Right now HILL is more of a bottom-fishing play than anything else. To see the stock back at the $4 to $5 range management will have to deliver both improved revenues and improved margins. The possibility of achieving that makes it is a stock that is worth watching in 2013.

Disclaimer: I am long Dot Hill. I won't make HILL trades for 1 week after publishing this article. I do not have positions in any of the other companies mentioned.

See also:

Monday, December 3, 2012

Gilead Sciences Pipeline Value

Gilead Sciences (GILD), has had a good year so far. On January 3, 2012 it opened at $41.46. Today it closed at 74.61, fairly near its 52-week high of $76.28. So up 84% this year. I used to write about Gilead more often during the years 2007 to 2011, arguing that it was undervalued. After finally getting a solid run up, is it time to bail out, hold, or buy more?

The forward-looking story is now largely about curing Hepatitis C, but first the latest backward-looking numbers.

In Q3 revenue was $2.43 billion, up 1% sequentially from $2.41 billion and up 14% from $2.12 billion in the year-earlier quarter. GAAP net income was $675.5 million, down 5% sequentially from $711.6 million, and down 9% from $741.1 million year-earlier. GAAP earnings per share (EPS) were $0.85, down 7% sequentially from $0.91 and down 10% from $0.95 year-earlier. Non-GAAP net income was $788.9 million, up 3% sequentially $767.3 million, and down 1% from $795.2 million year-earlier.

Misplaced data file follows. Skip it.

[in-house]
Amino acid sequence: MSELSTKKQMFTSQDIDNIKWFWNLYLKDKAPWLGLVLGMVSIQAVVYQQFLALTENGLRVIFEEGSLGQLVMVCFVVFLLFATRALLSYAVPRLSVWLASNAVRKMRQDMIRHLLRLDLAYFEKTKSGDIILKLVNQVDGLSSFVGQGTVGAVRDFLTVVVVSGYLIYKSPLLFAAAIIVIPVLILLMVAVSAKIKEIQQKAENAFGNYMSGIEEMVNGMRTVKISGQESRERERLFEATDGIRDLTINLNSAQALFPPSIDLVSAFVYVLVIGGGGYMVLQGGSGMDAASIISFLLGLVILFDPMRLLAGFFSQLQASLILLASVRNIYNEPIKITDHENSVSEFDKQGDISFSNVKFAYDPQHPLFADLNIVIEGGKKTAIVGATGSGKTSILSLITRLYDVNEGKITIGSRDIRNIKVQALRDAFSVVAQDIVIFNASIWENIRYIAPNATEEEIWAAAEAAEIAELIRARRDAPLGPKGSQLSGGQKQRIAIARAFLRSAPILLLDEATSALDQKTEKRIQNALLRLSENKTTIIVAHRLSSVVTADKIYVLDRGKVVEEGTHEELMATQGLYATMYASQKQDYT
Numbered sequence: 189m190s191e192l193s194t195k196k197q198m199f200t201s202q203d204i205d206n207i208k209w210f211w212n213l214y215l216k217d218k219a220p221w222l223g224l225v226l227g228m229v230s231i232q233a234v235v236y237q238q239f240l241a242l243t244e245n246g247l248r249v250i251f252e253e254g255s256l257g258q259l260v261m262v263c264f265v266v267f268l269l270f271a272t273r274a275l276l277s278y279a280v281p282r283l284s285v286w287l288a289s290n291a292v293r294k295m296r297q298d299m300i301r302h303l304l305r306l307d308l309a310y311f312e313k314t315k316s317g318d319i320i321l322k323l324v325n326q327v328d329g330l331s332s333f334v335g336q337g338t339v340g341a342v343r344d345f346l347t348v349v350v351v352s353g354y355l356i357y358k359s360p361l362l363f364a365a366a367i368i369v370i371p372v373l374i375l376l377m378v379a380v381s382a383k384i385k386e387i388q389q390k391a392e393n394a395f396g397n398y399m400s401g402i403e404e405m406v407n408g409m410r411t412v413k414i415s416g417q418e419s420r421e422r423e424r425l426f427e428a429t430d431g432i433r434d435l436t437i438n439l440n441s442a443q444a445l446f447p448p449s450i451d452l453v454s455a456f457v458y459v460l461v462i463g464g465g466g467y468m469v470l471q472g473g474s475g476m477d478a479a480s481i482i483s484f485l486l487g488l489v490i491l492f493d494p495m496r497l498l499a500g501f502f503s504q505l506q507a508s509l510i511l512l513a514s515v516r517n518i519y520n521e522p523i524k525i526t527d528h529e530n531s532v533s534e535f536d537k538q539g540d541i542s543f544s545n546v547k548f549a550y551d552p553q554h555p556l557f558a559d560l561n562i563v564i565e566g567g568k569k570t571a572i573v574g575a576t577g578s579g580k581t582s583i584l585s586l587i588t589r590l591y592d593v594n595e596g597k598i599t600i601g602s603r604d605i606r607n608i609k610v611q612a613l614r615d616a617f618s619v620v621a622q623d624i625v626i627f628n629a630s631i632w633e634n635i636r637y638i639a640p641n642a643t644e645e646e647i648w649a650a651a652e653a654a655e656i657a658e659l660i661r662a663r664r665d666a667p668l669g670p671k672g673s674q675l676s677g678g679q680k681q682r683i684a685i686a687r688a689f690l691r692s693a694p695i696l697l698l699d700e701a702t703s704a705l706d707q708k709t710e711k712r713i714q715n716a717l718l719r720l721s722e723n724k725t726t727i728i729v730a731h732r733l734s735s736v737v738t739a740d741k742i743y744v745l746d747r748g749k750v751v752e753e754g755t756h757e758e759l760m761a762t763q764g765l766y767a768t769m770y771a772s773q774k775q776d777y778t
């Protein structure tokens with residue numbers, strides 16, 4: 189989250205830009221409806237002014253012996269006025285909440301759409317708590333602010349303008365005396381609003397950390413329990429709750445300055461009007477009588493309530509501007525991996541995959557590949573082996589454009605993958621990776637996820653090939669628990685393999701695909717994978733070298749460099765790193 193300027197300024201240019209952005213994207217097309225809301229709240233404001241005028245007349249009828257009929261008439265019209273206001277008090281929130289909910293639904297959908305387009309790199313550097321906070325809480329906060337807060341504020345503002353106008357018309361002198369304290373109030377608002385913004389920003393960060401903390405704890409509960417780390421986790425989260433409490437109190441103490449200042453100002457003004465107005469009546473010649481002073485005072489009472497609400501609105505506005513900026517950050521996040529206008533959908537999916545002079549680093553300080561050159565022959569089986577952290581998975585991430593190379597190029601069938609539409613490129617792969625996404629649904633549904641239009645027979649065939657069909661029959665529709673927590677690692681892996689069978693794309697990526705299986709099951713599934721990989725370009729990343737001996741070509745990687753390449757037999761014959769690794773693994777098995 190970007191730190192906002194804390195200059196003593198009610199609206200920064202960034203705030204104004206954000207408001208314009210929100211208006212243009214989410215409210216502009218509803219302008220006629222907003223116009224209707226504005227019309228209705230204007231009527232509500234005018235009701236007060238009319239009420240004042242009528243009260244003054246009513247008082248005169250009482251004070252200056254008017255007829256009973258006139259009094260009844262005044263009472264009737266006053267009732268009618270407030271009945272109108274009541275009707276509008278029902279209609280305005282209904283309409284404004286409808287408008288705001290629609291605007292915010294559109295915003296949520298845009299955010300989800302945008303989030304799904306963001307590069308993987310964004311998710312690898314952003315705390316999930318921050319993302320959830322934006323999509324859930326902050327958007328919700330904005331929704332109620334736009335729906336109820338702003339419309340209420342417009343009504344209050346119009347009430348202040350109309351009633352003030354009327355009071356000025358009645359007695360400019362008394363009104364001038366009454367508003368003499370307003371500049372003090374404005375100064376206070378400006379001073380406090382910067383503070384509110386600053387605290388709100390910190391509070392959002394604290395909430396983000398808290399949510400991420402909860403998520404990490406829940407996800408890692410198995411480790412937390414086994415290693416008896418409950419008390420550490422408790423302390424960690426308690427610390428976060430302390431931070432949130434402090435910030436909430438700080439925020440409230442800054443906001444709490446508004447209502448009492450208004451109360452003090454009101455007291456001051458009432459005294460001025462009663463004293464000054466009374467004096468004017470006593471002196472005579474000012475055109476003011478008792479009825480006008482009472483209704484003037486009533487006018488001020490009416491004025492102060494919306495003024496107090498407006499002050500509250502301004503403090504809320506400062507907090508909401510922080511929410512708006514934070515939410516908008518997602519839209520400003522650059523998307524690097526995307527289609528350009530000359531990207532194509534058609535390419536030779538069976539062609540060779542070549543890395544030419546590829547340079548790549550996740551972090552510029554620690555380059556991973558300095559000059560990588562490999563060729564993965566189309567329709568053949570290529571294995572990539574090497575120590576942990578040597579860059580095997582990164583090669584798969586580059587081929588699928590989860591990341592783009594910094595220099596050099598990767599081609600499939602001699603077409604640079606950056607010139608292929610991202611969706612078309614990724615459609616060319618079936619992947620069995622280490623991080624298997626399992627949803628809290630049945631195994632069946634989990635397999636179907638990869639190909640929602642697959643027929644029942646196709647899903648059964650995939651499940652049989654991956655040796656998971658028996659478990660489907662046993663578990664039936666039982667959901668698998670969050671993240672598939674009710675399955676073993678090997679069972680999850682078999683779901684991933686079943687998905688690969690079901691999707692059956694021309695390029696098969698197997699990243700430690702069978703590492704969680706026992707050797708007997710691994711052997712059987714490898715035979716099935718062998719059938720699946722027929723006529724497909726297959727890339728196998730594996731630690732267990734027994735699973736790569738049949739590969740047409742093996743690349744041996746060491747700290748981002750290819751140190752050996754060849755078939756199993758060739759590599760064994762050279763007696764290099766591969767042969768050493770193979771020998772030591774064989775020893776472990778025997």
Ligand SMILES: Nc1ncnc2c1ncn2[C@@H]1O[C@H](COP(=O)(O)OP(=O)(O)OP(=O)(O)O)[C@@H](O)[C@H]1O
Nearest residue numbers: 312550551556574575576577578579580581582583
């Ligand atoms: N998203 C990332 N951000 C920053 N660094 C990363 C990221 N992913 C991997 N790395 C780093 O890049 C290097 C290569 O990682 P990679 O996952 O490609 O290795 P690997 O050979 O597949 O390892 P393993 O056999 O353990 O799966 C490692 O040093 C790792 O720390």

Profits did not keep pace with revenue growth because of costs from the Pharmasset acquisition from earlier in the year and a significant increase in R&D expense. Gilead is currently rolling out its newest HIV drugs like Stribild, which is helping revenue, but the R&D is not so much for HIV. The new R&D research is focused on hepatitis and oncology.

Why the emphasis on hep c? While Gilead Sciences has branched out into treatments for cardiovascular diseases, its primary expertise in in anti-viral drugs, particularly for HIV infections. Because of the effectiveness of its single-tablet, multi-drug combinations, Gilead dominates that market. Gilead also markets Viread for Hepatitis B. The past generation of Hepatitis C therapies have limited effectiveness, have a number of side effects, and cannot be administered orally.

Before the Pharmasset acquisition Gilead had four hepatitis drugs in phase II trials, and three in phase I, and said they would likely be made into a successful combination therapy. Pharmasset added Phase III candidate PSI-7977 (now Sofosbuvir), Phase II candidate Mericitabine, and Phase II candidate PSI-938, all for hep C. Pharmasset also brought candidates for HIV and hepatitis B treatment.